- Brian Windhorst, ESPN.com
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MIAMI -- Last summer, when the Miami Heat were plucking Ray Allen out of free agency and the Boston Celtics were answering with a roster retrofit that took aim at the champs, it seemed like an inevitability that this postseason would hold another great series between the two.
When Pat Riley was telling Danny Ainge to “shut the [bleep] up” and LeBron James was trash talking Jason Terry after a classic game between the two teams last month, it felt like destiny would have the scenario fall into place yet again.
But as the final scheduled game went out with a whimper Friday night -- the Heat won 109-101, but the game felt hollow with Kevin Garnett and Paul Pierce taking the night off to nurse injuries -- it's fair to fear that’s it this season between the great rivals.
Since the Heat won in Boston to extend their winning streak more than three weeks ago, the Celtics have dropped nine of 13 games. But the Milwaukee Bucks, who have dropped 10 of 13 (including blowing a 19-point lead Friday night in Atlanta), have been just as bad and kept the Celtics in the seventh seed as the Heat clinched No. 1.
It seems almost a certainty now that the Heat and Celtics will be separated in the playoff bracketing. The Celtics have pulled postseason miracles in the near past, but it will now take something rather historic for the two teams to see each other again, and that is a downright shame.
James has faced off against the Celtics four times in the past six postseasons. Those series have largely defined his career and contained both his greatest successes and failures. They’ve been as constant as a demanding older brother, and it would feel like a family member is missing from the dinner table if it doesn’t play itself out again.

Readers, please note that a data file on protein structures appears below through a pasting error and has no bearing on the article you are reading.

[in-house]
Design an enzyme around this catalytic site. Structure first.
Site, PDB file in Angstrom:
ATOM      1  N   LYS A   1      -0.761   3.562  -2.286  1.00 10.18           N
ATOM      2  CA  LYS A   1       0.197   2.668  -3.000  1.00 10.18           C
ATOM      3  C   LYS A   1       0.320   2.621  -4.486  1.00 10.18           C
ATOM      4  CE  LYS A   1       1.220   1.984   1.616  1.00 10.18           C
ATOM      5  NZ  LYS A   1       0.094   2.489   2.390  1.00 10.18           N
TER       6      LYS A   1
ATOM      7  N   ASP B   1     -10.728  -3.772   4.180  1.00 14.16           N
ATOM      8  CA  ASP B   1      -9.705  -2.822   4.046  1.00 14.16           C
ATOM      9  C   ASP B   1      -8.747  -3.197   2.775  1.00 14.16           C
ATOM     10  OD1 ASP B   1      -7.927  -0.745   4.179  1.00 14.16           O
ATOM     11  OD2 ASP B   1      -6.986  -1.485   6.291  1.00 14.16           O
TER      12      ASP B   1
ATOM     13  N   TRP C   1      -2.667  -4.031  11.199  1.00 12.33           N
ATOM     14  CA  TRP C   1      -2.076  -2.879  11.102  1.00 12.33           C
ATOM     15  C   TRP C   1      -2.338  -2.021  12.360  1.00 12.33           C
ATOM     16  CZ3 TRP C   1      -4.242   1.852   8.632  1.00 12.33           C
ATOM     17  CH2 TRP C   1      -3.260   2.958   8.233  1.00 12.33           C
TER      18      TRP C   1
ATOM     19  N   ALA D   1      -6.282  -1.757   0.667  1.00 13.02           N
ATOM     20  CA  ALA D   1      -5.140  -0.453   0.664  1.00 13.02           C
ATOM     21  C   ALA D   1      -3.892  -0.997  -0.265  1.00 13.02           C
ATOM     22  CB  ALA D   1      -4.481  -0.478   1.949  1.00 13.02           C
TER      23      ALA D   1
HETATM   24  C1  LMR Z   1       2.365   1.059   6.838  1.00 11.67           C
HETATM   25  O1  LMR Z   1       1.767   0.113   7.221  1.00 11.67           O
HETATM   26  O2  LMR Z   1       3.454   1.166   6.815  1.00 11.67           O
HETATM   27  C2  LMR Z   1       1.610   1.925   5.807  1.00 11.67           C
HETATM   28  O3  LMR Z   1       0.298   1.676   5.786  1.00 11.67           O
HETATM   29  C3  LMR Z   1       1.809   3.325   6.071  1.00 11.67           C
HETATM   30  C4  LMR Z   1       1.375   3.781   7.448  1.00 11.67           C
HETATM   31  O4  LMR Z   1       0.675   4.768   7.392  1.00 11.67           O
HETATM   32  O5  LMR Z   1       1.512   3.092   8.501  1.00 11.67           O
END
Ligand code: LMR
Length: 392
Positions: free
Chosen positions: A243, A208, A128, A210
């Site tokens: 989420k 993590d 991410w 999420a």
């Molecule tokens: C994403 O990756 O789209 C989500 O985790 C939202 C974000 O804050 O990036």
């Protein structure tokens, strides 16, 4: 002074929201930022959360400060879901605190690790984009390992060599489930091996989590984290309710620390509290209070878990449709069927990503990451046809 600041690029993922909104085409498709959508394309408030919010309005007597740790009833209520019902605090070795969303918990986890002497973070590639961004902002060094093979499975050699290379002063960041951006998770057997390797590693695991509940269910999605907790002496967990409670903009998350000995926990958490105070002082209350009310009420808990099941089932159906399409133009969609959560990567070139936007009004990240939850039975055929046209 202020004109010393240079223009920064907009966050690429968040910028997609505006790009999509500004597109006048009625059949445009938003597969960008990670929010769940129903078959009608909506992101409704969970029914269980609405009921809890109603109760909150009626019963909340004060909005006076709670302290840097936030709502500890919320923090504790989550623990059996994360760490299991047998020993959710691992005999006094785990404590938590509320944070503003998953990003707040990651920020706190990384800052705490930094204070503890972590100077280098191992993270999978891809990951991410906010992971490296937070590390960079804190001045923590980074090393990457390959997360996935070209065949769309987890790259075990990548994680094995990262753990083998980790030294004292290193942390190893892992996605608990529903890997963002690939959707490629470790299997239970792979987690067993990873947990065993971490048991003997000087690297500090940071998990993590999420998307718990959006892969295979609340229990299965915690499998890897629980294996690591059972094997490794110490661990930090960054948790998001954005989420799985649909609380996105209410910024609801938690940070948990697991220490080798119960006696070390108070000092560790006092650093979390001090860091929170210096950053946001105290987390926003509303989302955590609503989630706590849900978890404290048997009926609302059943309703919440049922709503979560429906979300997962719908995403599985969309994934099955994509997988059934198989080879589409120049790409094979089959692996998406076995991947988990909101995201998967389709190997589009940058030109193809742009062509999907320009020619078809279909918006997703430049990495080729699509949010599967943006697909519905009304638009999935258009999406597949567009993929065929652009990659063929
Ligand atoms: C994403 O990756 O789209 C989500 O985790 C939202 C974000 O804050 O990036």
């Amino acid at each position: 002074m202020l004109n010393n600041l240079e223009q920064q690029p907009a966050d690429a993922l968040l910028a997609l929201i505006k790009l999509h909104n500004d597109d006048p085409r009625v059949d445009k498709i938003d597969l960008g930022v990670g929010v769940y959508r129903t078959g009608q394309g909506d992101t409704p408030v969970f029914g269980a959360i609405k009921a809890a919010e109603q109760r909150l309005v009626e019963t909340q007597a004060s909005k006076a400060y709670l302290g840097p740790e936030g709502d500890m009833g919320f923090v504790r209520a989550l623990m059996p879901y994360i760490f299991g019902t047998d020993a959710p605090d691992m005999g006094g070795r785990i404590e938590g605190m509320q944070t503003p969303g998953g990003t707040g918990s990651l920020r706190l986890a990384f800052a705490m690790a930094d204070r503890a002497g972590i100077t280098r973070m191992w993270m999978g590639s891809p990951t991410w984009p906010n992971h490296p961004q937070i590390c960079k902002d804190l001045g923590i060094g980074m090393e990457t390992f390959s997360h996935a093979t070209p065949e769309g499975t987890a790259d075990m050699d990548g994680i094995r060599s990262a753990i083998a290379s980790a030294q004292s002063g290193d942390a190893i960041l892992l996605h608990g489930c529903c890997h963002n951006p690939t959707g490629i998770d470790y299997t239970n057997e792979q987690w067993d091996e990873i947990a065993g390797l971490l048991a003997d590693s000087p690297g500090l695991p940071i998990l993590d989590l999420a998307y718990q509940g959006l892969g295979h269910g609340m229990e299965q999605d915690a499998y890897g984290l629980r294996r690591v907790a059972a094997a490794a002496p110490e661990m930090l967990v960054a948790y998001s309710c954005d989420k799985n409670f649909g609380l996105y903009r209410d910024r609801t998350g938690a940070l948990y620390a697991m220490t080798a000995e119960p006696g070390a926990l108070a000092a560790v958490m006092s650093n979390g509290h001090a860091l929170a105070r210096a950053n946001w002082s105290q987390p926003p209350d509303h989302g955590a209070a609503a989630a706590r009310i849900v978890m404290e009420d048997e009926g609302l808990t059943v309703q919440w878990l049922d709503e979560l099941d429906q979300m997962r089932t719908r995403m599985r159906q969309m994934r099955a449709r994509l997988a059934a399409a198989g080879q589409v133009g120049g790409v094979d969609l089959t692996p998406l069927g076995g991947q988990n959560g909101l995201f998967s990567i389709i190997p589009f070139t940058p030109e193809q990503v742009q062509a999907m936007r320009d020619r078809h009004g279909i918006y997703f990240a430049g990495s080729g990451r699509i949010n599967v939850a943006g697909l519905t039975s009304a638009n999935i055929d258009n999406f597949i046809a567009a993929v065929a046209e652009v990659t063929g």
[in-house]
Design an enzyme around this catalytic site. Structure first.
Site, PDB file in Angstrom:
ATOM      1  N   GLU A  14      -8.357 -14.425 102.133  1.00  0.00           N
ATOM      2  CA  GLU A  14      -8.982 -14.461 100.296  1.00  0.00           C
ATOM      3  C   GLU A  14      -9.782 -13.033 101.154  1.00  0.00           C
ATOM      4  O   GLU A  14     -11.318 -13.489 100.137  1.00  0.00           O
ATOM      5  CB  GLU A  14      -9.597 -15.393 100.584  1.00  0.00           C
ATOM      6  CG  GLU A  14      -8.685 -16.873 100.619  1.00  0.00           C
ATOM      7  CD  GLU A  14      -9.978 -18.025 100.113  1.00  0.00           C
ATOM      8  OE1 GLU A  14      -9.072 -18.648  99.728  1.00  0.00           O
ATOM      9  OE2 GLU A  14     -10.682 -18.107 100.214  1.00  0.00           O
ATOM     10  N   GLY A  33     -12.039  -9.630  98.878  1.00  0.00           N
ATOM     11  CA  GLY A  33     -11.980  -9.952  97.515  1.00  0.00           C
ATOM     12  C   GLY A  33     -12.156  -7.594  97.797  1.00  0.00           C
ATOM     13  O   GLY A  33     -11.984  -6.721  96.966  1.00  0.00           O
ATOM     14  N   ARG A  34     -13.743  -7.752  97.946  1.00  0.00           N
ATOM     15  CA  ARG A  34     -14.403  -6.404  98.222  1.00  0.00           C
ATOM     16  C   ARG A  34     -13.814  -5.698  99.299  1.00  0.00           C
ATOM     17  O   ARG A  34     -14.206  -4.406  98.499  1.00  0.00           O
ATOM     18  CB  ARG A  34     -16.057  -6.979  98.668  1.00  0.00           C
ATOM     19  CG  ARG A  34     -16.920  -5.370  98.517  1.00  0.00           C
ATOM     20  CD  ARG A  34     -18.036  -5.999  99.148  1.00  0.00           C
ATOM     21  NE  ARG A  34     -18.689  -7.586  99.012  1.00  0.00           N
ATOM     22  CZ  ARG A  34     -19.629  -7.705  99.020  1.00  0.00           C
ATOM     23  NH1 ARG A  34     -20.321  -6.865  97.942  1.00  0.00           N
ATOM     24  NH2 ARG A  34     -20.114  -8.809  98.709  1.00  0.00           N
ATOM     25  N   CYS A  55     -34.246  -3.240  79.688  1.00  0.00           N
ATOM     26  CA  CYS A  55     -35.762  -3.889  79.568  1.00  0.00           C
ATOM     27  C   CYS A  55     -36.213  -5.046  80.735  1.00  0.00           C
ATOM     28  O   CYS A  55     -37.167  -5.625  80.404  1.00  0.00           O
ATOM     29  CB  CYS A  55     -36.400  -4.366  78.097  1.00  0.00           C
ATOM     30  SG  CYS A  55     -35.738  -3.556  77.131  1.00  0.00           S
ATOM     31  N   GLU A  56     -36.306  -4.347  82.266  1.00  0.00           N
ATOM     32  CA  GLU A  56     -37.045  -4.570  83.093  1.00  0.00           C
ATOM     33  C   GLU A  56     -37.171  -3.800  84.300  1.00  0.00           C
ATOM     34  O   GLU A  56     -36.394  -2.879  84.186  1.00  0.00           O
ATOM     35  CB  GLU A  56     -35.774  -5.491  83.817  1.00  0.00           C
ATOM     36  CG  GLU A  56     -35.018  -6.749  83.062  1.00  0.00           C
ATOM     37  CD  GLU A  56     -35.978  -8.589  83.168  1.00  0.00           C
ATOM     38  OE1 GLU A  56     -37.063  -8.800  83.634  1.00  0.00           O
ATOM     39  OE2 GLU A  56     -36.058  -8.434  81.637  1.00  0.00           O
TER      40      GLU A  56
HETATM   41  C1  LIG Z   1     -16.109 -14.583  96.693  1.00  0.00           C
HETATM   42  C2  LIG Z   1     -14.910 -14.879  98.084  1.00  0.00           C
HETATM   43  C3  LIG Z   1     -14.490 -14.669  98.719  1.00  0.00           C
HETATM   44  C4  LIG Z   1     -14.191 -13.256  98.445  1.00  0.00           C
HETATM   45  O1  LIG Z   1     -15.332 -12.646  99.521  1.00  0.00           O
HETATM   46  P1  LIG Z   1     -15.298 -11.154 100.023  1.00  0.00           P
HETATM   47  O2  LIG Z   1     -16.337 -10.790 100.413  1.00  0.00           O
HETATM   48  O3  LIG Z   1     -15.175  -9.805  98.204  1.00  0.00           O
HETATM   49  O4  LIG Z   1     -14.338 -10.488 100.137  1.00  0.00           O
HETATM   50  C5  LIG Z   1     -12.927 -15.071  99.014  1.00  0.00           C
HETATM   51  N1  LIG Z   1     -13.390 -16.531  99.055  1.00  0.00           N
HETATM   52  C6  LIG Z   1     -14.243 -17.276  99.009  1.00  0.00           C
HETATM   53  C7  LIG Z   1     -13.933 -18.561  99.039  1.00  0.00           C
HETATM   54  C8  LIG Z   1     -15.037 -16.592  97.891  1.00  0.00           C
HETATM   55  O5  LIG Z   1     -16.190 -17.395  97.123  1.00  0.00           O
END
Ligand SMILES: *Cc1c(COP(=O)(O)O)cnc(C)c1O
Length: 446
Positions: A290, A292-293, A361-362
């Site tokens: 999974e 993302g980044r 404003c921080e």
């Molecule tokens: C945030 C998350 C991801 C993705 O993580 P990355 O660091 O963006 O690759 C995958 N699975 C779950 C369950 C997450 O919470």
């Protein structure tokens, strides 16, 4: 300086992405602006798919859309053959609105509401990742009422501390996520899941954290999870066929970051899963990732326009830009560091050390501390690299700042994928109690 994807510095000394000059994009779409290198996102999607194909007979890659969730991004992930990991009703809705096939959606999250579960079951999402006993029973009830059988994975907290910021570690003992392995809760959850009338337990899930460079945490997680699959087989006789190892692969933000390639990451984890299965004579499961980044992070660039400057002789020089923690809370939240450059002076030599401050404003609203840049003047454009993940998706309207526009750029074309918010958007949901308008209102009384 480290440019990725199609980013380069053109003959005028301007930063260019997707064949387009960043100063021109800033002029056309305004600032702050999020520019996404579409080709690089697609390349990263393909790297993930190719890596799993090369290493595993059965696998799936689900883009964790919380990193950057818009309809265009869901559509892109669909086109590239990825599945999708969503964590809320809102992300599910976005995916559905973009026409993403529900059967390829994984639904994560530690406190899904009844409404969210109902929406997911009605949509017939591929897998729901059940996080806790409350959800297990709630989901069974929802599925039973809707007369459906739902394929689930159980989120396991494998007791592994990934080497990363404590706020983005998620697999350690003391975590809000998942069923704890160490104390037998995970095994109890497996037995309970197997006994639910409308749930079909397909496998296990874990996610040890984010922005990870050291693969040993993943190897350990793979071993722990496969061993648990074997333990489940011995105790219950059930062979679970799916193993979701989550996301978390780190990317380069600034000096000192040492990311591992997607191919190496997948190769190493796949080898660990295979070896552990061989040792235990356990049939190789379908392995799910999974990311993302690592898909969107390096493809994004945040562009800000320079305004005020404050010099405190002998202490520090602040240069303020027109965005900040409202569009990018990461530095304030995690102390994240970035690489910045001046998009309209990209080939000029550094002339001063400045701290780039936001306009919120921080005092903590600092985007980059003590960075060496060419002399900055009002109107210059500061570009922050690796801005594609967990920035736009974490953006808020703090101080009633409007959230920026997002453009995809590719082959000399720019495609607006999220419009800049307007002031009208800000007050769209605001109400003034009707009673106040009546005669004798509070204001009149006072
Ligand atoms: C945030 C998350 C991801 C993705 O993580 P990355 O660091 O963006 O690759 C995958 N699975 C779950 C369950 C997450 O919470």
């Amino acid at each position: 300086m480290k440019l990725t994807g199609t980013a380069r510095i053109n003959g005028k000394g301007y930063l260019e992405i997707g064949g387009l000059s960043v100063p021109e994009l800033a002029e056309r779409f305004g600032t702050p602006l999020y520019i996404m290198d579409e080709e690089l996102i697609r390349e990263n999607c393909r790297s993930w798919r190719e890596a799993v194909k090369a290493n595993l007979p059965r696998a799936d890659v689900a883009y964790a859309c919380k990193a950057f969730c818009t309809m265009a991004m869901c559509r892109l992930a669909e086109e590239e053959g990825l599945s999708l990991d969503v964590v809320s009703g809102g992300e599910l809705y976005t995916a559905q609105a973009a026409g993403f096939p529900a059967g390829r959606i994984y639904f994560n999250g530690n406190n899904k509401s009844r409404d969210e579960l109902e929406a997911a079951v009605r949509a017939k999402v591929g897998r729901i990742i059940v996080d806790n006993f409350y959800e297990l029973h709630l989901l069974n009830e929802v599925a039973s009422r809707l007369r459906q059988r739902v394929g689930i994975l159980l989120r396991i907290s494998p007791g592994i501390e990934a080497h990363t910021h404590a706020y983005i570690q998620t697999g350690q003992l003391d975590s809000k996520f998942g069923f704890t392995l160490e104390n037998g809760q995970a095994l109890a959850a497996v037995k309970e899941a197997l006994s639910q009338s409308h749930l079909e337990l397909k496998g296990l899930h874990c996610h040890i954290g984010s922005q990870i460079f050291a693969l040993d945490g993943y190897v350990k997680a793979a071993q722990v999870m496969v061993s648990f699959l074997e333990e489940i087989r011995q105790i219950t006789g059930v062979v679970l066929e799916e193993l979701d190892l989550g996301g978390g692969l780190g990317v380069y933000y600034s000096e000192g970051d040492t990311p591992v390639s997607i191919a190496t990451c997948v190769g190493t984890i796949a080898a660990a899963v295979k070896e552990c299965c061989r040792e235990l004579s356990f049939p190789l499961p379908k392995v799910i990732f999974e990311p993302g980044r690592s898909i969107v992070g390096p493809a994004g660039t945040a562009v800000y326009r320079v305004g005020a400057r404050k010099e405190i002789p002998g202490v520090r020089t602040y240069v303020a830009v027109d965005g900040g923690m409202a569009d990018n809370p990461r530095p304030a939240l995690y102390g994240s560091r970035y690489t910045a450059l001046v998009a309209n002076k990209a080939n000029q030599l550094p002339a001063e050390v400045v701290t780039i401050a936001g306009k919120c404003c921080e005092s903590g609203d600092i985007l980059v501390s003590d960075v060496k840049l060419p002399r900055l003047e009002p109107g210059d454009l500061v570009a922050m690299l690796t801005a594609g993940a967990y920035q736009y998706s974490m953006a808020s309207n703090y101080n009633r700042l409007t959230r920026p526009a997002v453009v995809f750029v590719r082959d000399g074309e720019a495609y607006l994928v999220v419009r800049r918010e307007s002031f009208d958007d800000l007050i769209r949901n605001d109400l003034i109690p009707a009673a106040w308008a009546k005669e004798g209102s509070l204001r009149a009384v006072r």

“I’m so accustomed to playing them at some point in the playoffs,” James, who had 20 points in 29 minutes Friday night, said. “We’ll see what happens.”
Dwyane Wade has seen them three seasons in a row. Last postseason, when Boston beat the Philadelphia 76ers in Game 7 to reach the conference finals against Miami, James said “it wouldn’t be right” if the two didn’t see each other in May.
When the Celtics went 14-4 in the immediate aftermath of losing Rajon Rondo to a knee injury and Jared Sullinger with a back injury, anything seemed possible. Because they’re the Celtics, anything still is.
But coach Doc Rivers is toning down the optimism now with his team struggling. At this point, he’s giving major minutes to midseason pickups like Jordan Crawford, Shavlik Randolph and Terrence Williams, and there’s no clarity on how ankle injuries to Pierce and Garnett will affect them when the playoffs start in a week.
Most likely, they will start in New York against a Knicks team that’s hammered them twice in the past two weeks.
“With this team, we don’t have home-court advantage, and that’s a concern,” Rivers said. “We have Paul Pierce and Kevin Garnett; other than that, we don’t have anyone who has been to the playoffs together. Jason Terry will be ready, but other than that, we don’t have any experience together, and that’s a concern.”
The Celtics have been playoff underdogs before and looked old and depleted as they limped to the regular-season finish line. They were a game away from winning the title in 2010 as an underdog and pushed the Heat to a Game 7 last season. Both postseasons, they were the No. 4 seed.
But, as Rivers points out, they’re missing mainstays Rondo and, because of Heat interference, Allen this time around. The well of chemistry and culture isn’t as deep. A playoff run this season would be these Celtics’ greatest trick yet.
“The cookie crumbles different ways every year,” Allen said with a shrug.
For the Heat, who steamed to their 34th win in the past 36 games as they got James, Wade and Chris Bosh out on the floor together after two weeks of rotating rest, not having to worry about the Celtics is an unusual feeling this time of season. So just in case, they will leave the door open.
“They may surprise the general public, but we know what that team is capable of,” Bosh said. “You never know with those guys.”